Rant by Tim Channon, co-mod
(I usually don’t, looks bad, yet boy could I say some things including not so politely)

  1. What puzzles me as much as anything else is that the Met’s 3-month outlooks are readily available here.

    These hold the current ones, the older ones are usually in the Met Archives.

    I have been regularly looking at these and using them for two years. So why does Harrabin need to FOI?

    Sounds like he has been badly off the ball.

  2. No Julia, it wasn’t the Precautionary Principle, it was you covering your large bureaucratic back,

  3. mitigatedsceptic says:

    Am I correct in thinking that probabilistic forecasts can never be wrong? If so, it seems to me that Met Office is now beyond reproach whatever the mismatch between forecast and the real event.
    I wonder if this fuzzy approach could be used in corporate reporting too?

  4. oldbrew says:

    See Josh’s comment at Bishop Hill – Mar 29, 2013 at 9:53 AM

    Or just…place your Betts (sic)

  5. J Martin says:

    The BBC using FOIA as if they were sceptics ?!

    They were happy to go to court spending tens of thousands of pounds to prevent themselves from embarrassment, which they ended up suffering anyway as the information was found to be on the internet.

    At the risk of being disingenuous to the BBC, is this a case of double standards, or are cracks beginning to show, are some of the eco loons that control the BBC beginning to lose their grip on power ?

  6. Roger Andrews says:


    With Hurst exponents in the 0.7 range we can expect that a wetter or warmer than average month would likely be followed by another wetter or warmer than average month. In the Met Office graph shown below this works eight out of twelve times, which I think is a better success rate than the Met Office has achieved.

  7. tchannon says:

    There is an old heuristic that the best prediction of weather is the same tomorrow as today and also that must be beaten to do prediction.

  8. Roger Andrews says:

    Reminds me of the time I was driving around with my cousin in the pouring rain during one of my infrequent trips back to England. “This is the worst weather we’ve had since yesterday”, he said.

  9. Paul Vaughan says:

    This Slingo appears to be quite a dangerously misguided & misleading character. I suspect that moving forward many (including those close to her) will be dealing with her using tactics that are normally reserved for dealing with the worst intransigents. Possibly a good time to preemptively take the early retirement package Julia! Or maybe try at least showing crystal clear, genuine appreciation & respect for nature …no tricks — everyone’s watching.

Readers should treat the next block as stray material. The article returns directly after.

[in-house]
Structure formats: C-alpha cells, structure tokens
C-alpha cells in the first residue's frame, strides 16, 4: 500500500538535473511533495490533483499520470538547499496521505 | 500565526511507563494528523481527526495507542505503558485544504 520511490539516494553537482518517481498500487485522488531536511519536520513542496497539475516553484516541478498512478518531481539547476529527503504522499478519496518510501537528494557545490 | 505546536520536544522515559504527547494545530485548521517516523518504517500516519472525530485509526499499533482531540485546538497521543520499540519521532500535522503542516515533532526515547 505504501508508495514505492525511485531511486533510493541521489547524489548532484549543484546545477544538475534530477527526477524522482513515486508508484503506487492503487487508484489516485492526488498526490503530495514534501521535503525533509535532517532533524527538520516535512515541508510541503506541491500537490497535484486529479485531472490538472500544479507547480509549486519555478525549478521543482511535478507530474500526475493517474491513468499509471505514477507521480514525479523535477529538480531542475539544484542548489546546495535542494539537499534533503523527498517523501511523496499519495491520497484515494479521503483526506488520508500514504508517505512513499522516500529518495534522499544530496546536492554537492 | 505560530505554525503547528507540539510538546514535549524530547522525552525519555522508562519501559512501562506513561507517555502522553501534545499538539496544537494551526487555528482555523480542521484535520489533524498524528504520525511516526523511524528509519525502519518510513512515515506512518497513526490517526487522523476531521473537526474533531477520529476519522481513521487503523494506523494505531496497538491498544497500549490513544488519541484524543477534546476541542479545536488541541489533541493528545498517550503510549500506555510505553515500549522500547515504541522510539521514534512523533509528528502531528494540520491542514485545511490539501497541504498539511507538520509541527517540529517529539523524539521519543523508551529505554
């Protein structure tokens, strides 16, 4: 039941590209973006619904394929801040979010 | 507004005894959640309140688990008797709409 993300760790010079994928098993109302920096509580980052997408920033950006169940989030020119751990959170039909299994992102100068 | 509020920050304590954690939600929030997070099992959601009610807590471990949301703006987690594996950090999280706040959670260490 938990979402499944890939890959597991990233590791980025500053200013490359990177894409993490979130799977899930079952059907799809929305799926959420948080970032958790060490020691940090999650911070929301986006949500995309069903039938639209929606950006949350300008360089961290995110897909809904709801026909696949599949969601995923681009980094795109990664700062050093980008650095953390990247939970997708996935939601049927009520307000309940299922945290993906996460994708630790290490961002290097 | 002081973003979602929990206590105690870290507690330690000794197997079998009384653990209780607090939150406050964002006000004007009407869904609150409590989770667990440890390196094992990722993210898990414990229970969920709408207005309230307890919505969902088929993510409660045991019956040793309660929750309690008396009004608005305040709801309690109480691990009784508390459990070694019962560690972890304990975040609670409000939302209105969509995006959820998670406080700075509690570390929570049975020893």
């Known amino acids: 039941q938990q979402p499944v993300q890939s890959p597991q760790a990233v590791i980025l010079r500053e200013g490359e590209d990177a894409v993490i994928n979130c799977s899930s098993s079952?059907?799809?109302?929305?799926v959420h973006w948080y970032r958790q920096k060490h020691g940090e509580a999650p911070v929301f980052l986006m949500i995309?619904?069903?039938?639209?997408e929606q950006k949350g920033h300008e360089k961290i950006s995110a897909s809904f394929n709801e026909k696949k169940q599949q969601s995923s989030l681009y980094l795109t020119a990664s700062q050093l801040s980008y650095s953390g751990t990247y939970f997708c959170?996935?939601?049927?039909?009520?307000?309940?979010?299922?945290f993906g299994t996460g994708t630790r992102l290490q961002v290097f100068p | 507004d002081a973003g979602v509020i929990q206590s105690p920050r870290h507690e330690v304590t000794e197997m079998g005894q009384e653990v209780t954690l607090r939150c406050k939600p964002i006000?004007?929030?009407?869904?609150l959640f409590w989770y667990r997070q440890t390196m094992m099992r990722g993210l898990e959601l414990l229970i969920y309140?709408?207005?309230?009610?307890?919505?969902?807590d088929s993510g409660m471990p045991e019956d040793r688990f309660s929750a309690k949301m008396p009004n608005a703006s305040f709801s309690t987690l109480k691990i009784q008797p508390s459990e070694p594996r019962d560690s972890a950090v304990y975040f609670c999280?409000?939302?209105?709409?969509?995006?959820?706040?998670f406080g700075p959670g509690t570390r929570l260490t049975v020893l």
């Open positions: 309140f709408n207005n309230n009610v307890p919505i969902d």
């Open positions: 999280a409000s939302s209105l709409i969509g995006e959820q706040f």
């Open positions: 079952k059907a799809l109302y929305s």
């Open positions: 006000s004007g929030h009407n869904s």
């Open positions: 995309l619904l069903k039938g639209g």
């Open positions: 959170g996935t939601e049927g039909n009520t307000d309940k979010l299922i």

10. tchannon says:

    Dated 2010 a blog article by autonomous mind ripping the Julia character apart makes highly amusing reading in 2013

    “Just stop the lies right now, OK? The forecasts were rubbish, not the communication of them.”

  11. Ulric Lyons says:

    My solar based forecast for April 2012 was deterministic, it was guaranteed to be a colder wetter month.

  12. lgl says:

    “given the UK’s position at the far edge of dominant world weather systems.”

    Ah I see, the problem is they still have not discovered that the dominant ‘weather system’ in the UK during winter is the NAO. Not that it would help since it’s not possible to forecast the NAO either …

  13. Ulric Lyons says:

    lgl says:
    “..the dominant ‘weather system’ in the UK during winter is the NAO.”

    Can be, but not always, the AO is more of a decisive factor this month.

    “..since it’s not possible to forecast the NAO either …”

    Yes it can be forecast by predicting the solar conditions.

  14. tchannon says:

    Edge of a globe?

  15. lgl says:

    Then show us the correlation between solar conditions and NAO, say last 50 years.

  16. Ulric Lyons says:


    You could have a cursory look by comparing monthly NAO with plasma speed variations, paying particular attention to the winter values:

    Ideally it would be checked at a weekly scale, even at a monthly scale 50yrs worth is too long for one graph.